ImpactPHL Award: On Running a Social Enterprise

Marcus Iannozzi accepting the inaugural ImpactPHL Award
In the Community

What the Award Means

We're grateful to be named an Excellence Award winner by the Greater Philadelphia Chamber of Commerce, and winning the inaugural ImpactPHL award is a particular honor. ImpactPHL, a recent initiative of Benjamin Franklin Technology Ventures, seeks to grow Philadelphia's impact economy by encouraging, equipping, and recognizing impactful businesses in the region. This approach to economic development is close to the heart of our agency's mission and aligns with all of our pro bono, civic, and volunteer activity. As a B Corporation, Message Agency is fiercely committed to the idea that businesses—and entire economies—can do well by doing good.

Message Agency is not a high-profile agency, even though we are well-known for our work in a number of communities. It means a lot to know that our hard work, sacrifice, and principles are being recognized by a broader audience than just our clients. It’s important that people see examples of how a business can be responsible and profitable. The hope is that this award inspires more businesses, not just B Corporations, to think about the type of social and environmental impact they can have.

For example, most people would likely be surprised to learn that, as a tech company, Message Agency is highly diverse. 65% of Message Agency’s staff and 87% of its management team are women, minorities, or LGBT individuals, and the company is transgender-owned. We also have a very narrow distribution of wages, from the lowest to highest paid employee in the company, including me as the owner.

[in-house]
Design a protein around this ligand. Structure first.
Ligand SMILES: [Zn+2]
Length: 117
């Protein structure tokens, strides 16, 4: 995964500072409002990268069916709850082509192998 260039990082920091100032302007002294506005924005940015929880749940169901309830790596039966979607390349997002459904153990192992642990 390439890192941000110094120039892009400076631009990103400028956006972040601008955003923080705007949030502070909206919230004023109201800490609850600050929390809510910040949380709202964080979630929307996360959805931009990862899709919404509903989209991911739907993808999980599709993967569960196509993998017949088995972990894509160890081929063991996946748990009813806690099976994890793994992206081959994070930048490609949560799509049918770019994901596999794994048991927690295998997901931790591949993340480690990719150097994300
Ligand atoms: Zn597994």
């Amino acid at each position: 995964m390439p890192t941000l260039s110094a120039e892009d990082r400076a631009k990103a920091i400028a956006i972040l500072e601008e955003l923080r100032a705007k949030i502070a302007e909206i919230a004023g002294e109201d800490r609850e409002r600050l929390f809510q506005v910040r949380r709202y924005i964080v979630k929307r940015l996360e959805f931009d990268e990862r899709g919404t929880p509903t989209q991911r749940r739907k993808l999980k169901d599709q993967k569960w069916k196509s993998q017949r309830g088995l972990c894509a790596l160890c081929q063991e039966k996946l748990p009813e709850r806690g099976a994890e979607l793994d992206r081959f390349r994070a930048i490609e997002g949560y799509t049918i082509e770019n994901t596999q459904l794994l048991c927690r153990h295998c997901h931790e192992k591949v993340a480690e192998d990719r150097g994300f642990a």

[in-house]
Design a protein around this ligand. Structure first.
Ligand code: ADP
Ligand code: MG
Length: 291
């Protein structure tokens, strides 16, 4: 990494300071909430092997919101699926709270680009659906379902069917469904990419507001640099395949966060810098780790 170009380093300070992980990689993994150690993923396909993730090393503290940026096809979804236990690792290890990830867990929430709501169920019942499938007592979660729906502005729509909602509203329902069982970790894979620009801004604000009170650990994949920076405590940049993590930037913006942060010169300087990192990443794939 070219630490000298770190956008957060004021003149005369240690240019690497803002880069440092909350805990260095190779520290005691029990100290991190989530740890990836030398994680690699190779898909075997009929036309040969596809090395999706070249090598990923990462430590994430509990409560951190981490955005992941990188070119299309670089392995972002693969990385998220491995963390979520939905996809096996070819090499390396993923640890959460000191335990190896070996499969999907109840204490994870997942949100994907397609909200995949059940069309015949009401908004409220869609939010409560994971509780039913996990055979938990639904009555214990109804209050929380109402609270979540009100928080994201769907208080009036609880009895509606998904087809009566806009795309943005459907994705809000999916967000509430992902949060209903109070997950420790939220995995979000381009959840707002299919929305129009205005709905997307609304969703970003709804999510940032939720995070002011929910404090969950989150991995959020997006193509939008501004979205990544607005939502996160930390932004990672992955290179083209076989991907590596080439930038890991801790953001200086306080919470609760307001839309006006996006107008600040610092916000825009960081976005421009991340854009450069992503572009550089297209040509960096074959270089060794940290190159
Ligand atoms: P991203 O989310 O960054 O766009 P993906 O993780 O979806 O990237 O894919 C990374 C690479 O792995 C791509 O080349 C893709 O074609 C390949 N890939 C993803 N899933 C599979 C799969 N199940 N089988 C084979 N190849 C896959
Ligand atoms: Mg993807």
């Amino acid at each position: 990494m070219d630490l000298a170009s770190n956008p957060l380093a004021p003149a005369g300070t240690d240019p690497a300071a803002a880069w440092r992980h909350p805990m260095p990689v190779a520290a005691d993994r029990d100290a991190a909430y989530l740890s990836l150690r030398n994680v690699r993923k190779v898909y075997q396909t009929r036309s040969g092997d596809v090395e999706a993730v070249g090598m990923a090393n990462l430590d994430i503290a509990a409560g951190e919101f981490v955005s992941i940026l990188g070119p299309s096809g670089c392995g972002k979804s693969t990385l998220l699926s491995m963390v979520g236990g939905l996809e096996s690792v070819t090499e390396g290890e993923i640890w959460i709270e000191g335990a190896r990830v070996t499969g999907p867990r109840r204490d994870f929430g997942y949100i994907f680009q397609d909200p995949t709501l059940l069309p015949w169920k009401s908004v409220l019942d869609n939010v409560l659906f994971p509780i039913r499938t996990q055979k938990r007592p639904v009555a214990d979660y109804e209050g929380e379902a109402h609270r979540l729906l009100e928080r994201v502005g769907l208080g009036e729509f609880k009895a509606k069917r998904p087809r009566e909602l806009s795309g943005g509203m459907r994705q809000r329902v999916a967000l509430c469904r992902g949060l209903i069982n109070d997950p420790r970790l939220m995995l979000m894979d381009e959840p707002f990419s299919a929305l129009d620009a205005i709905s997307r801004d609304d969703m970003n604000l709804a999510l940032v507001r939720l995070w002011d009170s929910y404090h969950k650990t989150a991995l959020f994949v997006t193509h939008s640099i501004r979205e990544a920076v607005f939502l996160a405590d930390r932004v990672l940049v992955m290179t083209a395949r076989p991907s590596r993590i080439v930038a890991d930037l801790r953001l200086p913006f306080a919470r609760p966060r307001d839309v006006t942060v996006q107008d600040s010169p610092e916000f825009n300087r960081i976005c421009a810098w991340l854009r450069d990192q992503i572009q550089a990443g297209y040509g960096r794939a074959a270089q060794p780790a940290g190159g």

Business as a Force for Good?

Business had always been something of a dirty word for me. It was the ideas of visionaries like Judy Wicks, who helped me to see how business could be a force for good. She founded the Business Alliance for Local Living Economies (BALLE), which works with local leaders, entrepreneurs, and community foundations to build local economies that work for all. She also founded the Sustainable Business Network (SBN), of which we're a member. I had always been interested in issues around economic development and pathways to opportunity for those who don’t normally have access. Judy's view on entrepreneurship showed me that I could have a successful business that is responsible, ethical, and redistributes value. Rather than fighting against a system, I began to see that it was possible to use it to have a positive impact and achieve goals for the greater good.